Engagement—The service provides a conduit for contributing to an educational fund by providing tools and features for vertical engagement. The service provides subscriber tools and methods to create customized and themed donation landing pages, send and receive e-Card solicitations and thank-you notes, and monitor progress through a dashboard which tracks donations over time. The tools may include invitation templates, reminder templates, and thank you templates, and an address book for storing contact information of potential donors. The tools allow the educational account/fund holders and donators to be fully engaged in achieving educational savings goals for the beneficiary (youth) they care about.

Additional Solution Features

1. Web-based solution built on supportable and maintainable technologies, which may include a server based application with thin clients operating a browser based graphical user interface, developed using Java or other Web application drafting tools.

2. Ability for the beneficiary's family members to open an account with the service provider.

3. Ability to tie into an institution account that family member has set up with a third party. In some embodiments the financial institution account may be limited to pre-determined types, such as ESA, QTP, UGMA and UTMA. In some embodiments, to the extent that IRS regulations and financial institutions permit transfer of funds from an UGMA account to Coverdell IRA and/or a section 529 account, the system provides input screens allowing the subscriber to transfer funds from one to the other.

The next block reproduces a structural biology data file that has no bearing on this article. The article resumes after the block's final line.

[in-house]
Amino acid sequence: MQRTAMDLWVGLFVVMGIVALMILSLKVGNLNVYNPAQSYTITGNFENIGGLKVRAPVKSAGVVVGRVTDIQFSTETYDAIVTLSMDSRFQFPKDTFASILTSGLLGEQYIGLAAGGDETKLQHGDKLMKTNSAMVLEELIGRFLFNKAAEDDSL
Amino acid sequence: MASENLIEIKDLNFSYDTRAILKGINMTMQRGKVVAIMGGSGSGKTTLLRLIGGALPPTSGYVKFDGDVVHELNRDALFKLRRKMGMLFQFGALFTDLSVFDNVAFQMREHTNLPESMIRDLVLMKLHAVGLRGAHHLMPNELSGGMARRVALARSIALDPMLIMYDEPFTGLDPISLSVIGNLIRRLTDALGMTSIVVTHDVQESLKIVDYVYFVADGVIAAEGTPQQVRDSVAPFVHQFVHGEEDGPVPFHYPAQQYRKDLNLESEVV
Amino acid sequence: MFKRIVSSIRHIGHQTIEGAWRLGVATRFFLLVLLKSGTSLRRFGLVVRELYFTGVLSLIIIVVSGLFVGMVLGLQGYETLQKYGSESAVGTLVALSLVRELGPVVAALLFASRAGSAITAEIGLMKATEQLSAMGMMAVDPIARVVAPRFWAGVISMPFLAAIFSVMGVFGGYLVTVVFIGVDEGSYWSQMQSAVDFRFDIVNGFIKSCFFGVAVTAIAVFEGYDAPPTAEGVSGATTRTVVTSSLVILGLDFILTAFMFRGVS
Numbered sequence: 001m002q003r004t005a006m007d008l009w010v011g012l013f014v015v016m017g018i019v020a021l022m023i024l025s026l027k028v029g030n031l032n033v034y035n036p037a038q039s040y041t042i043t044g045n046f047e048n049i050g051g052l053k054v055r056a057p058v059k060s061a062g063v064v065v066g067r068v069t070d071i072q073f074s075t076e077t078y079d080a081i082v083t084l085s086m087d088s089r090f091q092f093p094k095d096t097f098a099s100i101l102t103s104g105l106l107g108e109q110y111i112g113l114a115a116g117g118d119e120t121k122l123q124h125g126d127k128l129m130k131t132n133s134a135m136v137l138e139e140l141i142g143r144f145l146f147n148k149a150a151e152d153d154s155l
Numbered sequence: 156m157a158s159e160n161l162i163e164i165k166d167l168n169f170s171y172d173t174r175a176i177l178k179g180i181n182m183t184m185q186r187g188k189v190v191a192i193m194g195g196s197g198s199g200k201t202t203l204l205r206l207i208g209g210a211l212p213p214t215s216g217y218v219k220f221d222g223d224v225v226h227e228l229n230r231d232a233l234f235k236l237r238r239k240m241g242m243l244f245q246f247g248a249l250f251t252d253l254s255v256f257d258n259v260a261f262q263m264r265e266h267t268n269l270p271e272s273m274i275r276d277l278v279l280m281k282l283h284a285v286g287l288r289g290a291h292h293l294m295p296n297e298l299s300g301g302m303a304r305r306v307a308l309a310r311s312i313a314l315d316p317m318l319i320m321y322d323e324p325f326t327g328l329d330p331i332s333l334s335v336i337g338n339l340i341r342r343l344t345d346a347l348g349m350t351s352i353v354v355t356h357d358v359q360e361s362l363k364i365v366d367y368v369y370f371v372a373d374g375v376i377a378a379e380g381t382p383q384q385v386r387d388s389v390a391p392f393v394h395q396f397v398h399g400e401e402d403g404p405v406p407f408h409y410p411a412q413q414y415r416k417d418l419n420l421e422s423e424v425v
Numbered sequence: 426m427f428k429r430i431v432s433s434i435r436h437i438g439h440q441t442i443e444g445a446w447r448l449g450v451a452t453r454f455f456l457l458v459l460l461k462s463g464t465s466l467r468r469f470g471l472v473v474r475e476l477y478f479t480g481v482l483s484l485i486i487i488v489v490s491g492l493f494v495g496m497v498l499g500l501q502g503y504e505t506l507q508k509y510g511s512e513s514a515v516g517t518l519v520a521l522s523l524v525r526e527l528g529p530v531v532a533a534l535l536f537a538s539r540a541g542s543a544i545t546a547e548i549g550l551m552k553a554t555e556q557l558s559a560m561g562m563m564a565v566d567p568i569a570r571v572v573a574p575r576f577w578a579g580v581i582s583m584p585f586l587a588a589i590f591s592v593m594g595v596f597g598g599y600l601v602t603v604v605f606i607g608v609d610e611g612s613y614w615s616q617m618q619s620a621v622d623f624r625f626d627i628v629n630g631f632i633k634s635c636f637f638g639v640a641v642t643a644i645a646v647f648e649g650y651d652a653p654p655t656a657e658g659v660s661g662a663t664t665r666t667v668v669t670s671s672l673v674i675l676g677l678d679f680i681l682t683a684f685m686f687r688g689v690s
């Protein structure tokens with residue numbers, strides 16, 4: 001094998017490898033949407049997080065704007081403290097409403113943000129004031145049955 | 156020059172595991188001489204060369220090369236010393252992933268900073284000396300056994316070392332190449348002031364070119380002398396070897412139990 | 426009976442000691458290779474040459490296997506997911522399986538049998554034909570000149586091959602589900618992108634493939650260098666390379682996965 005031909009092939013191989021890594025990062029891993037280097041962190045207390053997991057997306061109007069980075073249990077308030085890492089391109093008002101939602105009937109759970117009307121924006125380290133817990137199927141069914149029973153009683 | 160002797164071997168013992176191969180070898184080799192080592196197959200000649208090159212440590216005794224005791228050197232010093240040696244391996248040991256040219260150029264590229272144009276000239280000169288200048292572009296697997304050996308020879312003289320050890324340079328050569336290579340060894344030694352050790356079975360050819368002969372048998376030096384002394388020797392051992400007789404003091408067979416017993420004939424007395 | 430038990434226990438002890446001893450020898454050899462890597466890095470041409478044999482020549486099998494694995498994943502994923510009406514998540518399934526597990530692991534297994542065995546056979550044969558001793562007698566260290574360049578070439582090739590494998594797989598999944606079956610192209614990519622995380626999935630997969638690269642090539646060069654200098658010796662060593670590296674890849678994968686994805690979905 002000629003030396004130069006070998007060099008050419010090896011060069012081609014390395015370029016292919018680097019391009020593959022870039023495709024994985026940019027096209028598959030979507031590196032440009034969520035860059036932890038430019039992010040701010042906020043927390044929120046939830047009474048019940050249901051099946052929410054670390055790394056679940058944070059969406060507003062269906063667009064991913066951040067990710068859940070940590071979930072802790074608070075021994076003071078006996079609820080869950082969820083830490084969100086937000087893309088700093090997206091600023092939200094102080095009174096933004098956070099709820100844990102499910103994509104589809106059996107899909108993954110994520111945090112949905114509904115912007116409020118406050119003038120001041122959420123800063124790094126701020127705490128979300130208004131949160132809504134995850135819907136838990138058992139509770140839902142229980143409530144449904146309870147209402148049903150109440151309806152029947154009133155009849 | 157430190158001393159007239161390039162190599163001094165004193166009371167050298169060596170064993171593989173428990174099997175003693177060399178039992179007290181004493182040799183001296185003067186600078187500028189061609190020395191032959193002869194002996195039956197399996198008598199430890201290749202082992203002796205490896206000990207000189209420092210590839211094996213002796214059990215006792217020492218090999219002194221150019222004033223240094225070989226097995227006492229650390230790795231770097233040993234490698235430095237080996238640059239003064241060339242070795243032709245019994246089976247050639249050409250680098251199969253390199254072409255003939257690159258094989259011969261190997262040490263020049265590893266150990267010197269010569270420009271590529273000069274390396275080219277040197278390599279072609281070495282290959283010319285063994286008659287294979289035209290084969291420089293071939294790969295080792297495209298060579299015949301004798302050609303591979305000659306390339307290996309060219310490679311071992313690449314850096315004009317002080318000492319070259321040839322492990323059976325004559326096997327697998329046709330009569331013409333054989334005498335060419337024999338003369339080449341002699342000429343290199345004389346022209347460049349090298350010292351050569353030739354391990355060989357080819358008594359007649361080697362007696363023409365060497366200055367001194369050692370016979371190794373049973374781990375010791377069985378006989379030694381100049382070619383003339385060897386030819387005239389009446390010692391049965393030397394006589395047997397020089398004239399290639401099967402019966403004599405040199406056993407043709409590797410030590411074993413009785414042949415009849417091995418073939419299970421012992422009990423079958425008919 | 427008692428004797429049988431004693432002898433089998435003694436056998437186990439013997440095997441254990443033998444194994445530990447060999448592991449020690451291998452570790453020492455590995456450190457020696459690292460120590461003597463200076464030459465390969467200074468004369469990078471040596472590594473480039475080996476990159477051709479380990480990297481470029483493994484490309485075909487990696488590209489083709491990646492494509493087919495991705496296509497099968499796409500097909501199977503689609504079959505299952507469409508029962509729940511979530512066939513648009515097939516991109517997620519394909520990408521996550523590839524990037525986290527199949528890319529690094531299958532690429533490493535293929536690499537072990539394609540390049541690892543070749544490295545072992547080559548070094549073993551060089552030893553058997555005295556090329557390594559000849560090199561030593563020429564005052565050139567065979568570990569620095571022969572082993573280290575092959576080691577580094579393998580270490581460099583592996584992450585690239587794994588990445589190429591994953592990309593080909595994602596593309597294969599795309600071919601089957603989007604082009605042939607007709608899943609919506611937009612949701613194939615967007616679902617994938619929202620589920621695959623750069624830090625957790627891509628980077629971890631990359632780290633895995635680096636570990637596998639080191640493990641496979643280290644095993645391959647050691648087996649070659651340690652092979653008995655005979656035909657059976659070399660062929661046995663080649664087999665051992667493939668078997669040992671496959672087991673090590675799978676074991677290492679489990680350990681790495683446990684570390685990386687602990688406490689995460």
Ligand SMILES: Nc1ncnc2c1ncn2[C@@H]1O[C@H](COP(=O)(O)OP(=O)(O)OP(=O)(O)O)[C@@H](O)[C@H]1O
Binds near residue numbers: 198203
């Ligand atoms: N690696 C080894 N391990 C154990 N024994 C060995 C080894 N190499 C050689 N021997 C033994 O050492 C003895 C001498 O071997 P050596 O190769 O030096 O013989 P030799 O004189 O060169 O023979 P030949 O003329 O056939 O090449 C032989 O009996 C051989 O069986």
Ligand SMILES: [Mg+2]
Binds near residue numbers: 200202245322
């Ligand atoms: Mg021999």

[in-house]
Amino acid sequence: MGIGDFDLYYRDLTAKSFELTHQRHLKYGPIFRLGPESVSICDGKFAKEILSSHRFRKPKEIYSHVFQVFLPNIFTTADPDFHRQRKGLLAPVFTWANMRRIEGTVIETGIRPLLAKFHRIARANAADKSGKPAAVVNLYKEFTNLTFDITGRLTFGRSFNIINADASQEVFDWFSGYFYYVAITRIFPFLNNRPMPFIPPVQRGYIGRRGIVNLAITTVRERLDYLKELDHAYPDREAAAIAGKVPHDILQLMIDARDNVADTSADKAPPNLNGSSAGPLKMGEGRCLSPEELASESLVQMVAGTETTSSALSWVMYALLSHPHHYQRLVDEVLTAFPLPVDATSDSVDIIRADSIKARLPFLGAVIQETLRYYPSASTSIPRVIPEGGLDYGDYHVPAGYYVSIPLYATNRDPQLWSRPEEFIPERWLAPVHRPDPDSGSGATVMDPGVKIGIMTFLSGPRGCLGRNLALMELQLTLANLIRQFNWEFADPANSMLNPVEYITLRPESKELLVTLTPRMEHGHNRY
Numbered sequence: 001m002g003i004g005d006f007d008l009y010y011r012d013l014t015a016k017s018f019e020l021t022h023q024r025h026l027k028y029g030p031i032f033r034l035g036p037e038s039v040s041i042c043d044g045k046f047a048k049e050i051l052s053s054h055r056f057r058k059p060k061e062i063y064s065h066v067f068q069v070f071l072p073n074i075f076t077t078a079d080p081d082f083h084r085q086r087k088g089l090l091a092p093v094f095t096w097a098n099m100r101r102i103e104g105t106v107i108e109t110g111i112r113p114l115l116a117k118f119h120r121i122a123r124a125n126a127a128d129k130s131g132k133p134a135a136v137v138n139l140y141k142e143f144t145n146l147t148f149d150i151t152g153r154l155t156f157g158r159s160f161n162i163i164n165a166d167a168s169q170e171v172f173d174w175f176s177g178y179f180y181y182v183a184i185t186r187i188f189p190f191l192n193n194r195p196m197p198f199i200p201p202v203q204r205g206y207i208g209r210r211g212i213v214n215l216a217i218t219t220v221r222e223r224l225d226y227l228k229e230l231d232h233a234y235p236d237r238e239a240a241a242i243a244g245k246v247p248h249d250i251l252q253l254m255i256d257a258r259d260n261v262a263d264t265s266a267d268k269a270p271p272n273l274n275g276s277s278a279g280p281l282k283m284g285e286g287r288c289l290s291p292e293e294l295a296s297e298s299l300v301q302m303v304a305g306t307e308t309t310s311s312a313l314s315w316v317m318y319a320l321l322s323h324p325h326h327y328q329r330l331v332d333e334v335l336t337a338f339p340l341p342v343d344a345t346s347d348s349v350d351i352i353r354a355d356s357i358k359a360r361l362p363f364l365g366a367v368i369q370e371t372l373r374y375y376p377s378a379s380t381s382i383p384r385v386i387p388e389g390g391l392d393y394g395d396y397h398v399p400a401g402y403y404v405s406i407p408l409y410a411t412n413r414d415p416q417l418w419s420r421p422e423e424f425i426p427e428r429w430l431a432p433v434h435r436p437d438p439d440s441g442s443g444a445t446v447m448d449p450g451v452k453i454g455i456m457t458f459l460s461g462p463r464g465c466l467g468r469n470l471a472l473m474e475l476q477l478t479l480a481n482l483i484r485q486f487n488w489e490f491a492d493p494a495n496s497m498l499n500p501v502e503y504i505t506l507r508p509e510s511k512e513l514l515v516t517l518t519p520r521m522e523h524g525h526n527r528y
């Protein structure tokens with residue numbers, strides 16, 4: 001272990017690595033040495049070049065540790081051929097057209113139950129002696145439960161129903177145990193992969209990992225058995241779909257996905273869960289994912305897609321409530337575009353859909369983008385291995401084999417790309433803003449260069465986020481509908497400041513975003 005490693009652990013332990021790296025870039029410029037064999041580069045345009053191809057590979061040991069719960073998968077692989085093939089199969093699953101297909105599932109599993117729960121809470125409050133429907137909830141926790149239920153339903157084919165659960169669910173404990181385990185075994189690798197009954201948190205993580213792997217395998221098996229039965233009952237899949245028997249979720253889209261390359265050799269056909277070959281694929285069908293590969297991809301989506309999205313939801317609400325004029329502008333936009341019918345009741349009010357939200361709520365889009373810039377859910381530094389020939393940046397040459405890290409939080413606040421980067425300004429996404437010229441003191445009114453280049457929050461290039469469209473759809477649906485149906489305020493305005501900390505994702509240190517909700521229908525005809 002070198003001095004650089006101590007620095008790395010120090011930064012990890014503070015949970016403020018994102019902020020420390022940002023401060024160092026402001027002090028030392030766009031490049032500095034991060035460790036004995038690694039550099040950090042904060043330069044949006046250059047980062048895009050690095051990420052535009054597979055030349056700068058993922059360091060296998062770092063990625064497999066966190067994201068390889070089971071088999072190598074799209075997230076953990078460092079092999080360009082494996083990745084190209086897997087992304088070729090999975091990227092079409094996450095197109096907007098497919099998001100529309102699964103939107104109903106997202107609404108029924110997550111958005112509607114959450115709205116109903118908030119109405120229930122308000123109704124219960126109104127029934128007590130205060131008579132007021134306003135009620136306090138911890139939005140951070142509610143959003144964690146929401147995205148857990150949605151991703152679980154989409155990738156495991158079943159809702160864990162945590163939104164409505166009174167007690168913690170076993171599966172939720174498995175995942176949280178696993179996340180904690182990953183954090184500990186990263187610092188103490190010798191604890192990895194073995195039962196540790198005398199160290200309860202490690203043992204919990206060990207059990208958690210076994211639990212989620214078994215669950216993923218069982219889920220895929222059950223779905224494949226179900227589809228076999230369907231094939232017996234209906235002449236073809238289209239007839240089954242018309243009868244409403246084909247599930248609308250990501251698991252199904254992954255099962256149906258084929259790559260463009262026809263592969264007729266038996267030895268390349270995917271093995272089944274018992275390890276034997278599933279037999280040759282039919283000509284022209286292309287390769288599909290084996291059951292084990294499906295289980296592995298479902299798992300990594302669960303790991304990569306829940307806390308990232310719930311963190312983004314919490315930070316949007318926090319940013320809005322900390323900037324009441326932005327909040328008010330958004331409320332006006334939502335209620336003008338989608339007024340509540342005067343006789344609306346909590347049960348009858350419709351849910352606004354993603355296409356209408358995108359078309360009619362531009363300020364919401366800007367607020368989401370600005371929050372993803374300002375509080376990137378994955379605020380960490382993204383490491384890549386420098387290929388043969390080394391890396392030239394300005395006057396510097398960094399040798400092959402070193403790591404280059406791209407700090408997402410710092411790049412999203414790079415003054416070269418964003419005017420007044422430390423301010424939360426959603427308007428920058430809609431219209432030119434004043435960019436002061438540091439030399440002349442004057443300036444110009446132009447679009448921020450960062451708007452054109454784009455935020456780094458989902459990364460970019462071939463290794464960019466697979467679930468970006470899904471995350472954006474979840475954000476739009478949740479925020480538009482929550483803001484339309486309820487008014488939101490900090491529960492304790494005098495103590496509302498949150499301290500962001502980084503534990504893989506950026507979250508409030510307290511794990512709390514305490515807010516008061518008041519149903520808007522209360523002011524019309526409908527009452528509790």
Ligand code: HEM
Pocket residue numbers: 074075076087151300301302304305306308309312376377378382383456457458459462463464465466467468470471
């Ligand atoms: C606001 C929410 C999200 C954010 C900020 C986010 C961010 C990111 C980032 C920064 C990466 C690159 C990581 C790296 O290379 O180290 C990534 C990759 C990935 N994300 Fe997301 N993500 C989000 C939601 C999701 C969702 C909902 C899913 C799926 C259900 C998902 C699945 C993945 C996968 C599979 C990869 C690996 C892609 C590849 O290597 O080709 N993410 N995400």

4. The service provider can handle a variety of payment options including credit card, debit card, prepaid card, electronic funds transfer, or payment processing services (such as PayPal).

5. In some embodiments, the service provider handles wire transactions.

6. The service provider may have the option to either charge a handling/transaction fee and/or a subscription fee. In some embodiments, the subscriber provides a payment mechanism at the time of registration, such as a credit card, debit card, prepaid card, electronic funds transfer, or payment processing service (such as PayPal). Subsequently the handling/transaction fee and subscription fee are both charged to the subscriber's financial instrument. In some embodiments, the subscriber is given one or two optional selections to: (1) include in the solicitation a request that the donor pay the transaction fee, or (2) include in the solicitation a notice that the donor's financial instrument will also be charged for the transaction fee. Where the donor is requested to pay the transaction fee, the donor user interface may be provided with a check box to allow the donor an easy-to-use tool to choose to pay the transaction fee; the system automatically computes the transaction fee and adds it to the amount charged to the donor's financial instrument.

7. In some embodiments, the service provider that operates the Web based service enters into relationships with one or more financial institutions that operate ESA, QTP, UGMA and UTMA accounts. The service may include a sponsored list of financial institutions that pay an advertising fee in order to be included in the list of financial institutions.

8. Example of Operation